Can My Home Payment Be Reduced Without Refinancing?
So, you are stuck with a large mortgage payment each month. But you would prefer to refrain from refinance and incur thousands of dollars in closing expenses.
How may a monthly mortgage payment be reduced without refinancing?
A mortgage refinance may be a possible alternative.
Recasting allows you to minimize your monthly payment, and the lender fees are often only a few hundred dollars.
The trap? To immediately reduce your mortgage balance, you’ll need a substantial chunk of cash available for payment. Here is how mortgage refinancing works.
Recasting a Mortgage Explained
Recasting your mortgage is a strategy to reduce your monthly mortgage payment. It entails making a one-time, lump-sum payment toward the loan’s principal. Your lender then modifies your amortization schedule. This resets your monthly payments without modifying your prior loan’s conditions or interest rate.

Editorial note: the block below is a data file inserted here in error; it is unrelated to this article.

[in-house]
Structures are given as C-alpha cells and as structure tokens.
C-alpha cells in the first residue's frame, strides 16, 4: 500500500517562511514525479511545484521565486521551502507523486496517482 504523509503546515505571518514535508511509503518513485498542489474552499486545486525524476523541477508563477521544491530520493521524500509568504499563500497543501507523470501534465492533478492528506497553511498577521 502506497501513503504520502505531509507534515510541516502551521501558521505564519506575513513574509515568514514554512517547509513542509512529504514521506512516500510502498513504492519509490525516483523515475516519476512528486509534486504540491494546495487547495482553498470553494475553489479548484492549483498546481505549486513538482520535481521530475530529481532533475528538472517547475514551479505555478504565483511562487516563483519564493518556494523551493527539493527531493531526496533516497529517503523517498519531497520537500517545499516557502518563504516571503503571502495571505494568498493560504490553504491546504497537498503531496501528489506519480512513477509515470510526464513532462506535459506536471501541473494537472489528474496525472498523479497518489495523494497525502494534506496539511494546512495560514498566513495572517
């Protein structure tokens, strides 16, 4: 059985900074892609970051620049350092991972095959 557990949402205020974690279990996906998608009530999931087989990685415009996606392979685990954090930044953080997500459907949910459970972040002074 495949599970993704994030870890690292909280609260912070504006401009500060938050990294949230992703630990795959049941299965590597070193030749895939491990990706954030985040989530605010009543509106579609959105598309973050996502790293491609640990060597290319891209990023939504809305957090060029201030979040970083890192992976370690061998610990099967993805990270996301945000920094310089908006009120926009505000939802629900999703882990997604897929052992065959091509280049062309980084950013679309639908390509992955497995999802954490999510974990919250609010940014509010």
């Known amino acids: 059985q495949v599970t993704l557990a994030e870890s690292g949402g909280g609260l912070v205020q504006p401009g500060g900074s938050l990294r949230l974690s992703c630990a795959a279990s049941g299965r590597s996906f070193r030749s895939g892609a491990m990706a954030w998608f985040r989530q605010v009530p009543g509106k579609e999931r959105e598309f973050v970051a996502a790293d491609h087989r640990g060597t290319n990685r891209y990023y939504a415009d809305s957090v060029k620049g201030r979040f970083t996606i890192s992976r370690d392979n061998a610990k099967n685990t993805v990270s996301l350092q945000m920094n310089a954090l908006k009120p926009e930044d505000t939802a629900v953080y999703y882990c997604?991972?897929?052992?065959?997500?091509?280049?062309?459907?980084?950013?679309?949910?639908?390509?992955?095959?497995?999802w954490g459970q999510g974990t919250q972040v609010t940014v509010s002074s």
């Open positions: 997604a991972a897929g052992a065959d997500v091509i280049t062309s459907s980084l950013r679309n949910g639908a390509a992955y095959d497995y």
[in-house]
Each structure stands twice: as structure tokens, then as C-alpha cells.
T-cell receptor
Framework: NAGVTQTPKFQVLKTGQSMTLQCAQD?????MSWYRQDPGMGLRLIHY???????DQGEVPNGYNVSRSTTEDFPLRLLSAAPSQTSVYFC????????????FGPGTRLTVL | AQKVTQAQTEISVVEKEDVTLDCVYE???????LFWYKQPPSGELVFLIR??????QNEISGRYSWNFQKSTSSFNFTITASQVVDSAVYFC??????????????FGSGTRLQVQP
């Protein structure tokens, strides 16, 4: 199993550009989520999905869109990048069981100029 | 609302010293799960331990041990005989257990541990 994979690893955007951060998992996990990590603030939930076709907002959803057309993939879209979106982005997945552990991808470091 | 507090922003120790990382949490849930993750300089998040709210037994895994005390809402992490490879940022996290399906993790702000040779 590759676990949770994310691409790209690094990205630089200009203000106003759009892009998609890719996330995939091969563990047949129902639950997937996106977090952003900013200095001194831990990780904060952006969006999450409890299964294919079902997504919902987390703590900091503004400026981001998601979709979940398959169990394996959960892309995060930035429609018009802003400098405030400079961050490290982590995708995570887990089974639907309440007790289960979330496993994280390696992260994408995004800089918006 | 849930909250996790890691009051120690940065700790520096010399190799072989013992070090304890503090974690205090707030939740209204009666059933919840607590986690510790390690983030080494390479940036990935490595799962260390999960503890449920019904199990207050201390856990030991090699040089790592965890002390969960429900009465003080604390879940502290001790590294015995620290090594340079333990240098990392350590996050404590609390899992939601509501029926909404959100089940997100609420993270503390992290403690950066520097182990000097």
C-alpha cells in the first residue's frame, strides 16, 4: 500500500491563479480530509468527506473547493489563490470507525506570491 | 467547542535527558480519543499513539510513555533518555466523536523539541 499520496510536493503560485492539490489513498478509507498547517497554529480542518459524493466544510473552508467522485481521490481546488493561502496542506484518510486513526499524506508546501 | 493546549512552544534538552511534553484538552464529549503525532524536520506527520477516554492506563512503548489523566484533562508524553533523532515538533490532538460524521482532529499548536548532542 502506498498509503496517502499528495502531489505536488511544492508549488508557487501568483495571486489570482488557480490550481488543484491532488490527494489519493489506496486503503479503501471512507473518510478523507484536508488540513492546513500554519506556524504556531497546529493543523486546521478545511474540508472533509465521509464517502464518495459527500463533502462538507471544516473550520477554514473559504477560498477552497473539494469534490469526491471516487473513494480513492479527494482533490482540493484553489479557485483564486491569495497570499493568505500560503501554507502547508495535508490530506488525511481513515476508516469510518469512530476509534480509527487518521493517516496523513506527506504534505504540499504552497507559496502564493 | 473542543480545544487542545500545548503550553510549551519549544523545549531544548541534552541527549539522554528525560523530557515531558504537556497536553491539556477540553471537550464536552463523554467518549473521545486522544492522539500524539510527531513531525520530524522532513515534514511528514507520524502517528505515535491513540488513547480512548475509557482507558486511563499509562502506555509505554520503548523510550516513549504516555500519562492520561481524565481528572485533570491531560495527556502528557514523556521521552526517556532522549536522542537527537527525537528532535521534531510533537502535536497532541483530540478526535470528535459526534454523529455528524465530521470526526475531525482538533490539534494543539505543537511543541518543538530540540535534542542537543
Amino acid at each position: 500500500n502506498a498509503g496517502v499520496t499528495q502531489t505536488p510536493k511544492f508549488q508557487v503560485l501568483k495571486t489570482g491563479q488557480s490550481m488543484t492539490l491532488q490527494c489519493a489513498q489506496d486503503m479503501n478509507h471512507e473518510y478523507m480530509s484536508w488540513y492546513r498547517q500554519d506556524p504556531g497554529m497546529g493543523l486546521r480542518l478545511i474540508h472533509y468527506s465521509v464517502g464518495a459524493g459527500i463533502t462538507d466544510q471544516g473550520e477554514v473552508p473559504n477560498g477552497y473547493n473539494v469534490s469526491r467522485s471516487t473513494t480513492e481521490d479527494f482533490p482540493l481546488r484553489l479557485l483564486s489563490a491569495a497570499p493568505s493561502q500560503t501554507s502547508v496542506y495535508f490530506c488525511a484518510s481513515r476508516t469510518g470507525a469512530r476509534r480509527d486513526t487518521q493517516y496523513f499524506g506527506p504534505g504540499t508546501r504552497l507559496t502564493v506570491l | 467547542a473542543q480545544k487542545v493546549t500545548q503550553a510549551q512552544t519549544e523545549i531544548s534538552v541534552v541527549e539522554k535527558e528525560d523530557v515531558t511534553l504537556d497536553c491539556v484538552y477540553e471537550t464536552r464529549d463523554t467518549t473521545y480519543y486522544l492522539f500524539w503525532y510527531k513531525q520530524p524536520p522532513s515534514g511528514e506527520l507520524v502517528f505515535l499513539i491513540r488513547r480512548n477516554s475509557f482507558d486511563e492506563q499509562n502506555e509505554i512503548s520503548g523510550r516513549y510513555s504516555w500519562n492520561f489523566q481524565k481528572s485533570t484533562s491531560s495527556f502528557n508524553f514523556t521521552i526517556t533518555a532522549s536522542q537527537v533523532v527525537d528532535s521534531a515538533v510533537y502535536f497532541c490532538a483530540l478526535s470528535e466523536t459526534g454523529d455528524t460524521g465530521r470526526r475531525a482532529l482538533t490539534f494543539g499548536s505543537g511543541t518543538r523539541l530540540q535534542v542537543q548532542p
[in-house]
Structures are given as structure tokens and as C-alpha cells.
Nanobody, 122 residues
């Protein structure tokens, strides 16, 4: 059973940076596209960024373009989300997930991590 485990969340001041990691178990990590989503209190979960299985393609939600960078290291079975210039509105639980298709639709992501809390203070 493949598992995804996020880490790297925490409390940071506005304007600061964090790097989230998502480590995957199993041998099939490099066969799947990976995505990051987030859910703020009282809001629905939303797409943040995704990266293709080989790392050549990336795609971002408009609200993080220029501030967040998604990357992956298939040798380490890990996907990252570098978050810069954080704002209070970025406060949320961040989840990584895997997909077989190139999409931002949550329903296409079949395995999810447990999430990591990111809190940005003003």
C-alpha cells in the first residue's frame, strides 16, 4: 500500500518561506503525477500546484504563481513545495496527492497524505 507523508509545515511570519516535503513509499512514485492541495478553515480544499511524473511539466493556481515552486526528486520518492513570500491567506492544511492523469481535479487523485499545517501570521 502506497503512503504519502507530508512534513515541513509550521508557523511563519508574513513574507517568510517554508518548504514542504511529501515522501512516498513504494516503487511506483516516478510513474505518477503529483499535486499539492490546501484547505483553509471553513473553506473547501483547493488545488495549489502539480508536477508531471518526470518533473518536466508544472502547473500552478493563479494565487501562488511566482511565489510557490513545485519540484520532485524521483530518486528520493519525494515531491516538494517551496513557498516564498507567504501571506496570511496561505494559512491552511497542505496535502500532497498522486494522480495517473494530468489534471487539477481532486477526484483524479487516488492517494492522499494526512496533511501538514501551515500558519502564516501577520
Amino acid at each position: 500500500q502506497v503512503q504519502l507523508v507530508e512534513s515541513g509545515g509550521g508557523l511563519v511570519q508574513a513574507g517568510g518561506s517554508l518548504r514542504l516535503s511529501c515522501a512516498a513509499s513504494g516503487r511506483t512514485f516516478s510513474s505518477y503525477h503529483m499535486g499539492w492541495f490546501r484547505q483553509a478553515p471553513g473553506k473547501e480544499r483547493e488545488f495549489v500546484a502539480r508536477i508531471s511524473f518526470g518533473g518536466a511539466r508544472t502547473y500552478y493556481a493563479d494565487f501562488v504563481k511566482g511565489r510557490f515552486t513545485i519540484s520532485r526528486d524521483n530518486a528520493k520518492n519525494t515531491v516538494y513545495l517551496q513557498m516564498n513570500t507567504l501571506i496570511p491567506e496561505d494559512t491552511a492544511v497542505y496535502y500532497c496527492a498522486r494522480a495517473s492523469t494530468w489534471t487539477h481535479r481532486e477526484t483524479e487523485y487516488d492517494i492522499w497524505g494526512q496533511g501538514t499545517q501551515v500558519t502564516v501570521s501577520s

Recasting a mortgage is also known as “re-amortization.”
Your lump sum payment reduces the principle balance, resulting in slightly reduced monthly payments. Additionally, you pay less interest over the life of your loan.
Mortgage Recast Rules
Recasting a mortgage might be less expensive and simpler than refinancing. However, there are still regulations and taxes connected with mortgage refinancing. These terms vary by lender. For instance:
- The lender may charge a few hundred dollars for this service.
- Before recasting, you may be required to make a particular number of consecutive monthly payments at your current payment level.
- Before recasting, you could be required to pay a minimum amount of principle.
In addition, the process of recasting might take many weeks to complete. And loans with variable interest rates, interest-only payments, and other terms may not qualify for recasting.
Why Mortgage Refinancing Is Beneficial
Examining the figures soon reveals that recasting is profitable.
For instance, your original loan may look like this:
Currently Outstanding Mortgage Amount and Payments
- Balance: $300,000
- Rate of interest: 4%
- Monthly cost: $1,430